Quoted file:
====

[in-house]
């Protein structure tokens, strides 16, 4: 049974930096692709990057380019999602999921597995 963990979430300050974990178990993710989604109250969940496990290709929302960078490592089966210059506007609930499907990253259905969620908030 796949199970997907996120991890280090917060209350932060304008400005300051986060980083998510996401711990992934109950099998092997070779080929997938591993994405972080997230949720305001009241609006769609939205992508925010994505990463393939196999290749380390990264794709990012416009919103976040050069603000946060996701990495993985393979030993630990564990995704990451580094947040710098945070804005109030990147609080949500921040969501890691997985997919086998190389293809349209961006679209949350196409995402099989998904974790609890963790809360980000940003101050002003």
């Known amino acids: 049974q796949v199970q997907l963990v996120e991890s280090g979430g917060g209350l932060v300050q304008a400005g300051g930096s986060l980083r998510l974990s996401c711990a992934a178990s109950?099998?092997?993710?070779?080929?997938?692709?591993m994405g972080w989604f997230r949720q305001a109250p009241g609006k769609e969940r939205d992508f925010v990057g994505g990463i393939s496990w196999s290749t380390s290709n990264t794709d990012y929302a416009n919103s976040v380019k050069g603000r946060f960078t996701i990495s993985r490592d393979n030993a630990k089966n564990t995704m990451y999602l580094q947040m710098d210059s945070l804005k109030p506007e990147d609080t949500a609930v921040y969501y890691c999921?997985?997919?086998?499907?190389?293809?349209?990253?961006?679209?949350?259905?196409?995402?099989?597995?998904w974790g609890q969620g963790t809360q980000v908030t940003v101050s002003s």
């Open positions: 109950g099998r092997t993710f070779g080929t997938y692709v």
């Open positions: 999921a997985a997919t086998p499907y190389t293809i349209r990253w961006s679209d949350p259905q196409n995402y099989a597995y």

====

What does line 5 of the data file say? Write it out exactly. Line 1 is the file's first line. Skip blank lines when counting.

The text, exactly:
């Open positions: 999921a997985a997919t086998p499907y190389t293809i349209r990253w961006s679209d949350p259905q196409n995402y099989a597995y």